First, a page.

I learned that it could make you “suspect” if you have black or brown skin when I was attending the international conference for the American Association of Christian Counselors several years back. I attended a panel where several leaders in the Christian counseling profession shared about racial reconciliation. A couple of these leaders were Black psychiatrists, highly successful and revered in the psychological profession.
- Both of these men shared that, if they stopped at at store and were not dressed in suit and tie, it was not unusual for them to be followed by store personnel.
- Even if they were professionally dressed, they were sometimes subject to random traffic stops. (That was where I first heard about “the talk” that every Black parent has to give their teens when they start to drive: WHEN you are stopped, hands on the steering wheel…) I never knew until that time that driving while Black can be a life threatening situation.
- Even in America today, if you have Black skin or a non-white-sounding name, it is more difficult to get job interviews and move up the corporate or professional ladder. My Black friends tell me that they have to be prepared to outperform their White colleagues by at least 10%.
Now this one is difficult for any White person who wasn’t raised in the old South, but I was, so I watched it: Slavery never died.
- When slavery was officially outlawed, the need for free and forced labor did not go away. In the South, Jim Crow and situational norms were enacted that kept Black people in enslaved lifestyles. Sharecroppers were trapped in rigged systems where they could never get out of debt to big farmers who controlled seed and county legislatures that enacted tax laws making success difficult for non-Whites. If anyone stood up to those with money or power, there were lynchings or arrests:
- And when a man was arrested, he would be rented out to local farms, groves, chain gangs.
- Black people were kept in slavery in a system that is still alive and well today in for-profit prisons systems and a culture of power-by-terror. This culture migrated North and became embedded in our big cities as Black people fled north to TRY to escape the slavery of the South.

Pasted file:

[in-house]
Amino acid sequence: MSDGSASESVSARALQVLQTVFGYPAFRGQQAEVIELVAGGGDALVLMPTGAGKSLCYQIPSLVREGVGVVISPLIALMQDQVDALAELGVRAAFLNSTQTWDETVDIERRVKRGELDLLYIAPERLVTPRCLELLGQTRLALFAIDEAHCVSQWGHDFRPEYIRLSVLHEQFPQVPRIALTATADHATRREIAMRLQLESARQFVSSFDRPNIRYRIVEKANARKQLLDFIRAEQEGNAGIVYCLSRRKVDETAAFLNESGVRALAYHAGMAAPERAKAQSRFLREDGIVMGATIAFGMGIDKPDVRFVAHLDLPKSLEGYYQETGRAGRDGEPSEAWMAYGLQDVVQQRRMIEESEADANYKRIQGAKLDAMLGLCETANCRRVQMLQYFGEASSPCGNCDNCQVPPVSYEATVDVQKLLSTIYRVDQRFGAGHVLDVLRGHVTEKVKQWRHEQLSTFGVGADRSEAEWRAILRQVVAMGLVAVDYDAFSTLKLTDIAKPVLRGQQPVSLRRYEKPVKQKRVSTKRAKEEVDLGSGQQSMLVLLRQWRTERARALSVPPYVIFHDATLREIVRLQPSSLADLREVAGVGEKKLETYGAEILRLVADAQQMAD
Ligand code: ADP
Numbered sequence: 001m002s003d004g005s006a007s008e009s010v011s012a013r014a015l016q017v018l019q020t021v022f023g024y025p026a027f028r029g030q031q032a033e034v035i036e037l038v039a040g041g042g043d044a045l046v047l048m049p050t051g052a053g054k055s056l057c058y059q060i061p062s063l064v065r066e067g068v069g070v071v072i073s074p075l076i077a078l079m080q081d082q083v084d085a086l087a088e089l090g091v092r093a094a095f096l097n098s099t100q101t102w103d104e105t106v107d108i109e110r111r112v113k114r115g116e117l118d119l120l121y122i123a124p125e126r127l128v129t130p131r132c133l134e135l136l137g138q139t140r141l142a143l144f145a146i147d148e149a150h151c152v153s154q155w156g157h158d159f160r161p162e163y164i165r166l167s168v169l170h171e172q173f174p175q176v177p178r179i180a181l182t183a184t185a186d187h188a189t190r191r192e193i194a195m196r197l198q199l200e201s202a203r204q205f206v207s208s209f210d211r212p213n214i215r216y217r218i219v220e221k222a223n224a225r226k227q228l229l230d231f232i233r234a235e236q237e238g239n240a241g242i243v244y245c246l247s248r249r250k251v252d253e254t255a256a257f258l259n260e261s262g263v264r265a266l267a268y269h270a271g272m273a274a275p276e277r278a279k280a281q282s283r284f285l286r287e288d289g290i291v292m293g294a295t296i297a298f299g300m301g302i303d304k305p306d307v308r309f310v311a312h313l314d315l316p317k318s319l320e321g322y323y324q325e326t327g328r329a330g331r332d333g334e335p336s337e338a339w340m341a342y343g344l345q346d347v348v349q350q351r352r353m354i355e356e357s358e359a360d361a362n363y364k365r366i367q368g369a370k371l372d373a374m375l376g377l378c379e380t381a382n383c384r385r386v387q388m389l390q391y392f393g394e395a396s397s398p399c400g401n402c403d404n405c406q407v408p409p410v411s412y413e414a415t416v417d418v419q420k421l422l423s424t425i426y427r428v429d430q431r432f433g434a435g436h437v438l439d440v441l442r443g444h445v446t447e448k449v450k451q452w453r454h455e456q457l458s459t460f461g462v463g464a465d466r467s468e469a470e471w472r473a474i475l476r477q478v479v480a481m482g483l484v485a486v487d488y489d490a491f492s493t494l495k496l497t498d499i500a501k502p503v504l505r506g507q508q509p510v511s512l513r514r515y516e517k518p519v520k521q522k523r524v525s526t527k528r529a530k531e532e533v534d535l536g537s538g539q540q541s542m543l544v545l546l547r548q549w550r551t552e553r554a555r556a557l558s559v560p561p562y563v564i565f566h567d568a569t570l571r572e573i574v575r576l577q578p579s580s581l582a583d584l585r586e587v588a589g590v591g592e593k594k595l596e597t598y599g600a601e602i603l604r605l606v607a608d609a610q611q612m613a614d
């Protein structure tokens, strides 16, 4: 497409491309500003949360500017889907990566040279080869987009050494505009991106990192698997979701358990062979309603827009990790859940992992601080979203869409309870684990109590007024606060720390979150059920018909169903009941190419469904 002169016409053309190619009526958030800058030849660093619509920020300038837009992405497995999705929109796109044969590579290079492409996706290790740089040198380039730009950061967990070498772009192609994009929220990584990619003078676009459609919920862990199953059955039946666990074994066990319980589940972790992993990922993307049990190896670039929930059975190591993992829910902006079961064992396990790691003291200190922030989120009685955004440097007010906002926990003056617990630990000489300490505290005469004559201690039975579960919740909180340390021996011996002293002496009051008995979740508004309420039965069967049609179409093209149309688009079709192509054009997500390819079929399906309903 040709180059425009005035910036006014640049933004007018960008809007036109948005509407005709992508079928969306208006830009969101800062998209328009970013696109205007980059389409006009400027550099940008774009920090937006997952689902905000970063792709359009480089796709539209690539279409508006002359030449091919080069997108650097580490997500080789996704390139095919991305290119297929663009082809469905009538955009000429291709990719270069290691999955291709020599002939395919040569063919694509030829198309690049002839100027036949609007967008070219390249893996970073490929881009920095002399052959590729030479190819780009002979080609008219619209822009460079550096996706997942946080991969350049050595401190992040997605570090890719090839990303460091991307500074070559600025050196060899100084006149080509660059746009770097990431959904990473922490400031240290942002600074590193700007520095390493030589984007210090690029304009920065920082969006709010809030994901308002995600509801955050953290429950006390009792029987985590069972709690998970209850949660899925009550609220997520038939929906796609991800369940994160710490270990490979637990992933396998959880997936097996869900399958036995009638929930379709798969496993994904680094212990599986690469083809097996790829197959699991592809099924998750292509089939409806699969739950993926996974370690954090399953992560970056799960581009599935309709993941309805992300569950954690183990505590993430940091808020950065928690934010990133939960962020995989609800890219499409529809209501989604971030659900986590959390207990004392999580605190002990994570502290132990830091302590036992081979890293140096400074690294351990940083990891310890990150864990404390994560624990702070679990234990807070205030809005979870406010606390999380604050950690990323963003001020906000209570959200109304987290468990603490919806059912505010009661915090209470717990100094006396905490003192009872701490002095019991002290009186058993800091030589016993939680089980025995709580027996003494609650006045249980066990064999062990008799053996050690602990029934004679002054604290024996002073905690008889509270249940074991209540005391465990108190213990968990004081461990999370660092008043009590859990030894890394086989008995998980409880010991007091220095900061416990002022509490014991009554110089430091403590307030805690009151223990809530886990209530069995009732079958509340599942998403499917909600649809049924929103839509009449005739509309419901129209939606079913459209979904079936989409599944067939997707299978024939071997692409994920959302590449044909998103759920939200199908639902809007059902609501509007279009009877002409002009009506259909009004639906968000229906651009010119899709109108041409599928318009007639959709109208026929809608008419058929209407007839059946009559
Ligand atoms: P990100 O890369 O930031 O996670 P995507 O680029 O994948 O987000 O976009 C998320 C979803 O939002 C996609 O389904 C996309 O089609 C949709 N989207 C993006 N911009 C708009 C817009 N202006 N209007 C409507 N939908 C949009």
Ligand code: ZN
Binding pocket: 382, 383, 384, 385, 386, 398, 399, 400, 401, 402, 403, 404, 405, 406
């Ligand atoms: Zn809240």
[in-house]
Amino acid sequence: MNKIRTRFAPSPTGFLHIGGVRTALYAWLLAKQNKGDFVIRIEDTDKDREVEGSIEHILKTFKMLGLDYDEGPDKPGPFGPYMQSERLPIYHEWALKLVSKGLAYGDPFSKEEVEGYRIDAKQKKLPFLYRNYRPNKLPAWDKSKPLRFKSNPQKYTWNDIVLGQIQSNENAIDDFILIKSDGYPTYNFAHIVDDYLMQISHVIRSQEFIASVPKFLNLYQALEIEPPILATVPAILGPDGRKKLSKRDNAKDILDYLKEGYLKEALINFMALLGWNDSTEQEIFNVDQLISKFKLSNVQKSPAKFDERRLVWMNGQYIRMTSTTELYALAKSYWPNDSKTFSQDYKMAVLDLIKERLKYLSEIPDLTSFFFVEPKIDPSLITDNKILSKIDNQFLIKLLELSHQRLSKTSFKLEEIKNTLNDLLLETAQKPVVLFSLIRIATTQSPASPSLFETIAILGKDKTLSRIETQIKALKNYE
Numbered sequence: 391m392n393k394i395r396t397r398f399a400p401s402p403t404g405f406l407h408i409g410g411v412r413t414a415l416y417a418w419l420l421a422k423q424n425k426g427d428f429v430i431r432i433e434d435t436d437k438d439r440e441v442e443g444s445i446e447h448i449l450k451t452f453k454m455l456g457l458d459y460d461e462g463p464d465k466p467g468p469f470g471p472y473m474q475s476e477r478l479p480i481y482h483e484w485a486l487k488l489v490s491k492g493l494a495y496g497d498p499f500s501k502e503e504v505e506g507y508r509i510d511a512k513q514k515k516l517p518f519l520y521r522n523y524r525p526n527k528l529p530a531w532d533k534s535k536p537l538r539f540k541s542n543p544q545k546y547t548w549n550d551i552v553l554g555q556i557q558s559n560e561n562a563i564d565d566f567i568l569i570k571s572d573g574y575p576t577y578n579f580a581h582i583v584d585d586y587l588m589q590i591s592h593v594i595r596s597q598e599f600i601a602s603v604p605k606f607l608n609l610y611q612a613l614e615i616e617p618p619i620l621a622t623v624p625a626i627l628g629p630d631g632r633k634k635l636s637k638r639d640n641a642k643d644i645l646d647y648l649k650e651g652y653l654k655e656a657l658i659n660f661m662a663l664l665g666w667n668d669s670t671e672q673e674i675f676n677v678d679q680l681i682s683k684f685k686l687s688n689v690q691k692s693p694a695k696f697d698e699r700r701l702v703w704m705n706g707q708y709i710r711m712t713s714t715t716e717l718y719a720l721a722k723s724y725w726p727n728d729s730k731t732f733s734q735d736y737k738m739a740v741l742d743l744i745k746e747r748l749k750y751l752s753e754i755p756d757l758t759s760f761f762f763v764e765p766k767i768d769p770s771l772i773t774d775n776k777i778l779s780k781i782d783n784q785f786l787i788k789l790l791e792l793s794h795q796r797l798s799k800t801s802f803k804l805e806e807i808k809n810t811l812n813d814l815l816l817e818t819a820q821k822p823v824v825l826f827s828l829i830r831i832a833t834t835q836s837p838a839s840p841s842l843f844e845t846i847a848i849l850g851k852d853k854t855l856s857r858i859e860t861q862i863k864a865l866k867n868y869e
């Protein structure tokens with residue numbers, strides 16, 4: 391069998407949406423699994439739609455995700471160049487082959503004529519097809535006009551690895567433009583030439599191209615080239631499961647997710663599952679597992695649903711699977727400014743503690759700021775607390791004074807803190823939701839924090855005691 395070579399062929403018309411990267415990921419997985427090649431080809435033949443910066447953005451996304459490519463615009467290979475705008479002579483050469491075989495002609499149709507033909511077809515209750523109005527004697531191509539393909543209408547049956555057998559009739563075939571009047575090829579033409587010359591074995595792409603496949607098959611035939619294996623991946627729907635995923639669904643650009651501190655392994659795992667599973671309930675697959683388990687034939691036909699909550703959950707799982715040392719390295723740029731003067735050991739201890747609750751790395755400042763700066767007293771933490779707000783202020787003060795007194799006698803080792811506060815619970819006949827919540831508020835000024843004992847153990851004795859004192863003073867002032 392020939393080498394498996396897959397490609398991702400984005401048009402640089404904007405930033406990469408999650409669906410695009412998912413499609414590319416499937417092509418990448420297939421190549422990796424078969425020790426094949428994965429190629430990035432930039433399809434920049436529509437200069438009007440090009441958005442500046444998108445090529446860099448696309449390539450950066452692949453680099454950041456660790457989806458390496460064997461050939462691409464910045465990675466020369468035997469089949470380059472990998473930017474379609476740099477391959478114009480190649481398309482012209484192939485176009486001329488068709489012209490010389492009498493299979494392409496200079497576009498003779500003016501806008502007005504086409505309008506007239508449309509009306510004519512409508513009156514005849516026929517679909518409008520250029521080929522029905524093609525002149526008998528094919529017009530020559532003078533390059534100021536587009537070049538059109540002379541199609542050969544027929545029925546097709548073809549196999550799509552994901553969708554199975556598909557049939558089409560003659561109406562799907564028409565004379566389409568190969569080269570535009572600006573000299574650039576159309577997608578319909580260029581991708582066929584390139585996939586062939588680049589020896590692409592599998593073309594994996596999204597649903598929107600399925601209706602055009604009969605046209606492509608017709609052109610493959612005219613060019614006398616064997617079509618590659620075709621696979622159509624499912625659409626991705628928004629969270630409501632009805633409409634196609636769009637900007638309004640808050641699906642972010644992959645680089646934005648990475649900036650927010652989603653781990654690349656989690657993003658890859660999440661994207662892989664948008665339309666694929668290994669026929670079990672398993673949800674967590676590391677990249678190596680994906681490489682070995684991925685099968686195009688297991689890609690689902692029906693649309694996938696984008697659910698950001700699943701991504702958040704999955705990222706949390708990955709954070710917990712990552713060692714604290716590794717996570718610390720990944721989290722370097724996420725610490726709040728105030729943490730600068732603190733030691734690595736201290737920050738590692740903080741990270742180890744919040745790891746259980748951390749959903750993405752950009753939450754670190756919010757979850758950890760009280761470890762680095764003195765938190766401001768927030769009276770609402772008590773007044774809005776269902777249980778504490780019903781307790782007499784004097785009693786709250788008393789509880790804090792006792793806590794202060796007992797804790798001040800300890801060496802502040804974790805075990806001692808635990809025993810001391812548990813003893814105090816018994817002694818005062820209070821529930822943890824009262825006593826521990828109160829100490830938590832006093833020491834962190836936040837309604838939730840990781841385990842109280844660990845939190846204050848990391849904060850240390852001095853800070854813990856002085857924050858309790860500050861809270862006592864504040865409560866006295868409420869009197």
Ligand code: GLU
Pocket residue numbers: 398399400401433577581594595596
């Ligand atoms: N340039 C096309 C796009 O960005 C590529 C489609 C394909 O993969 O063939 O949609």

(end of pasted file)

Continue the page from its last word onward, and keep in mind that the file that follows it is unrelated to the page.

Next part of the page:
- And when people tried to vote the systems out, they would face “reading tests” and “citizenship tests” that were impossible to pass. (White folk did not need to take these tests.) Or had to pay heavy “poll taxes”. When these were outlawed in the past few decades, politicians had creative but legal voter suppression ideas:
- Randomly eliminate or move polling places
- Purge voter rolls randomly
- Add extra voting requirements that were difficult for poor people (drivers licenses- for folks who don’t drive, photo ids that come from a motor vehicle administration office so far away folks can’t get to it, requirement of a steady address for folks who may move from family location to family location due to finances).
I’ll stop with these, Jake’s Friend. I hope they help you understand, the way I have come to understand, that Black lives do matter but unfortunately they are not treated like they matter the same way that we White folks matter.
They’ve been working in the system since the Civil Rights Era when MLK and John Lewis and others were constantly being criticized for making trouble.
Folks don’t need to be making trouble if they are not Hungry, Angry/Afraid, Lonely or Tired. It is our job as Christians or American citizens, to listen, try to understand and then do something to help. (Not looking for ways to be offended is a good place to start.)
The Nobel Prize nomination is that organization’s way of saying: See, there’s a problem and at least SOMEONE is trying to make a change.